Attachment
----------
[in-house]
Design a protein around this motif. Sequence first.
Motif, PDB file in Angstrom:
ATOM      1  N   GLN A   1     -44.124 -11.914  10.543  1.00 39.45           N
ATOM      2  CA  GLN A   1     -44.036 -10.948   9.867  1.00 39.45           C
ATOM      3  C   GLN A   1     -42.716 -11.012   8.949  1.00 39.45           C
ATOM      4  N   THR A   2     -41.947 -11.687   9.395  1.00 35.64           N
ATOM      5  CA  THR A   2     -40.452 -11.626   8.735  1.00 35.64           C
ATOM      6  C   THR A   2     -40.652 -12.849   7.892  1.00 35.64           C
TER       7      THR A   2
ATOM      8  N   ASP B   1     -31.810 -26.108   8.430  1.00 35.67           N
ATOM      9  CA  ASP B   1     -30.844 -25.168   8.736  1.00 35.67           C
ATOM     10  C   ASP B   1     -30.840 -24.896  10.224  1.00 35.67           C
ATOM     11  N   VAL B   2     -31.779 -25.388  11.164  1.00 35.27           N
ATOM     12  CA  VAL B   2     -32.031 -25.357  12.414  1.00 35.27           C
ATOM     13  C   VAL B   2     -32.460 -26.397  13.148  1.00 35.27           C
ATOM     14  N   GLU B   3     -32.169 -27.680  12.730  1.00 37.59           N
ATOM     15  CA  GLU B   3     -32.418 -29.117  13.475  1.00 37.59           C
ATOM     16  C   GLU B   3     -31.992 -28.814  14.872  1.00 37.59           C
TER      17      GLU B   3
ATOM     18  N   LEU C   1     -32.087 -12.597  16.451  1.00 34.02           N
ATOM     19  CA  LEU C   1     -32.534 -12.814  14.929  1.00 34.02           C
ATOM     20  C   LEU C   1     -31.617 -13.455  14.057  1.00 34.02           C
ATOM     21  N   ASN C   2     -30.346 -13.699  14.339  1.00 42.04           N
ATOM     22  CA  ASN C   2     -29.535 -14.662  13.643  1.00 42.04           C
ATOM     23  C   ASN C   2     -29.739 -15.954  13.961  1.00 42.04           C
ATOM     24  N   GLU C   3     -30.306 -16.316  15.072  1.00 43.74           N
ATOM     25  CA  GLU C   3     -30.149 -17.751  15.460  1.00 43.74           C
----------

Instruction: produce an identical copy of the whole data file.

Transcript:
[in-house]
Design a protein around this motif. Sequence first.
Motif, PDB file in Angstrom:
ATOM      1  N   GLN A   1     -44.124 -11.914  10.543  1.00 39.45           N
ATOM      2  CA  GLN A   1     -44.036 -10.948   9.867  1.00 39.45           C
ATOM      3  C   GLN A   1     -42.716 -11.012   8.949  1.00 39.45           C
ATOM      4  N   THR A   2     -41.947 -11.687   9.395  1.00 35.64           N
ATOM      5  CA  THR A   2     -40.452 -11.626   8.735  1.00 35.64           C
ATOM      6  C   THR A   2     -40.652 -12.849   7.892  1.00 35.64           C
TER       7      THR A   2
ATOM      8  N   ASP B   1     -31.810 -26.108   8.430  1.00 35.67           N
ATOM      9  CA  ASP B   1     -30.844 -25.168   8.736  1.00 35.67           C
ATOM     10  C   ASP B   1     -30.840 -24.896  10.224  1.00 35.67           C
ATOM     11  N   VAL B   2     -31.779 -25.388  11.164  1.00 35.27           N
ATOM     12  CA  VAL B   2     -32.031 -25.357  12.414  1.00 35.27           C
ATOM     13  C   VAL B   2     -32.460 -26.397  13.148  1.00 35.27           C
ATOM     14  N   GLU B   3     -32.169 -27.680  12.730  1.00 37.59           N
ATOM     15  CA  GLU B   3     -32.418 -29.117  13.475  1.00 37.59           C
ATOM     16  C   GLU B   3     -31.992 -28.814  14.872  1.00 37.59           C
TER      17      GLU B   3
ATOM     18  N   LEU C   1     -32.087 -12.597  16.451  1.00 34.02           N
ATOM     19  CA  LEU C   1     -32.534 -12.814  14.929  1.00 34.02           C
ATOM     20  C   LEU C   1     -31.617 -13.455  14.057  1.00 34.02           C
ATOM     21  N   ASN C   2     -30.346 -13.699  14.339  1.00 42.04           N
ATOM     22  CA  ASN C   2     -29.535 -14.662  13.643  1.00 42.04           C
ATOM     23  C   ASN C   2     -29.739 -15.954  13.961  1.00 42.04           C
ATOM     24  N   GLU C   3     -30.306 -16.316  15.072  1.00 43.74           N
ATOM     25  CA  GLU C   3     -30.149 -17.751  15.460  1.00 43.74           C